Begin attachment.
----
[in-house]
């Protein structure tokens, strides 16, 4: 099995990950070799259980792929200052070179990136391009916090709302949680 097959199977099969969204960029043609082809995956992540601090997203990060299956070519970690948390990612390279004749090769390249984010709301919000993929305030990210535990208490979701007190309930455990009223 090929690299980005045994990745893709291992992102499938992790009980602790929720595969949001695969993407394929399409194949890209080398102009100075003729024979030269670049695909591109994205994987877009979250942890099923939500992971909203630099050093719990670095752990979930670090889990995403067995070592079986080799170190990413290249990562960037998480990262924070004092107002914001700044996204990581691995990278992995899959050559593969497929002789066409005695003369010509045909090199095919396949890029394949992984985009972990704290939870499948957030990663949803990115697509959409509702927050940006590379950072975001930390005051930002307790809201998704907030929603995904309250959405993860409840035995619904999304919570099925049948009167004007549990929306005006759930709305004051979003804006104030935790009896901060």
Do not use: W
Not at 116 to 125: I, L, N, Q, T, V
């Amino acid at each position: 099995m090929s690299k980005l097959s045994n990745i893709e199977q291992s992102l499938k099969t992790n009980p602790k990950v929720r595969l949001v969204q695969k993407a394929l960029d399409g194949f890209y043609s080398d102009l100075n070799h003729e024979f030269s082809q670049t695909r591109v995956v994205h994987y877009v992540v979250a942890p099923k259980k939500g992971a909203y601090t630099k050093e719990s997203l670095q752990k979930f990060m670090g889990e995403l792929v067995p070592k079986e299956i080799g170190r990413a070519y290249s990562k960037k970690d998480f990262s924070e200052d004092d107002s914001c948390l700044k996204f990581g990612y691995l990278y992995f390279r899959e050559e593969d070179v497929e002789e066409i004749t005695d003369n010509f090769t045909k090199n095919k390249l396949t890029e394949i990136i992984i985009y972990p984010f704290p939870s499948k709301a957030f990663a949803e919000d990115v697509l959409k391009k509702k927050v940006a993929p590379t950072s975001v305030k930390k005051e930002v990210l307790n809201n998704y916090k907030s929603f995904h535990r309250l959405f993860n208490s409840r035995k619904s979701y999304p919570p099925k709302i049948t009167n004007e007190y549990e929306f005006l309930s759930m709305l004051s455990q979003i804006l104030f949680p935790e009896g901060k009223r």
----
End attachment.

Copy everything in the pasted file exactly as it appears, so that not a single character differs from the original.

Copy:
[in-house]
């Protein structure tokens, strides 16, 4: 099995990950070799259980792929200052070179990136391009916090709302949680 097959199977099969969204960029043609082809995956992540601090997203990060299956070519970690948390990612390279004749090769390249984010709301919000993929305030990210535990208490979701007190309930455990009223 090929690299980005045994990745893709291992992102499938992790009980602790929720595969949001695969993407394929399409194949890209080398102009100075003729024979030269670049695909591109994205994987877009979250942890099923939500992971909203630099050093719990670095752990979930670090889990995403067995070592079986080799170190990413290249990562960037998480990262924070004092107002914001700044996204990581691995990278992995899959050559593969497929002789066409005695003369010509045909090199095919396949890029394949992984985009972990704290939870499948957030990663949803990115697509959409509702927050940006590379950072975001930390005051930002307790809201998704907030929603995904309250959405993860409840035995619904999304919570099925049948009167004007549990929306005006759930709305004051979003804006104030935790009896901060």
Do not use: W
Not at 116 to 125: I, L, N, Q, T, V
């Amino acid at each position: 099995m090929s690299k980005l097959s045994n990745i893709e199977q291992s992102l499938k099969t992790n009980p602790k990950v929720r595969l949001v969204q695969k993407a394929l960029d399409g194949f890209y043609s080398d102009l100075n070799h003729e024979f030269s082809q670049t695909r591109v995956v994205h994987y877009v992540v979250a942890p099923k259980k939500g992971a909203y601090t630099k050093e719990s997203l670095q752990k979930f990060m670090g889990e995403l792929v067995p070592k079986e299956i080799g170190r990413a070519y290249s990562k960037k970690d998480f990262s924070e200052d004092d107002s914001c948390l700044k996204f990581g990612y691995l990278y992995f390279r899959e050559e593969d070179v497929e002789e066409i004749t005695d003369n010509f090769t045909k090199n095919k390249l396949t890029e394949i990136i992984i985009y972990p984010f704290p939870s499948k709301a957030f990663a949803e919000d990115v697509l959409k391009k509702k927050v940006a993929p590379t950072s975001v305030k930390k005051e930002v990210l307790n809201n998704y916090k907030s929603f995904h535990r309250l959405f993860n208490s409840r035995k619904s979701y999304p919570p099925k709302i049948t009167n004007e007190y549990e929306f005006l309930s759930m709305l004051s455990q979003i804006l104030f949680p935790e009896g901060k009223r």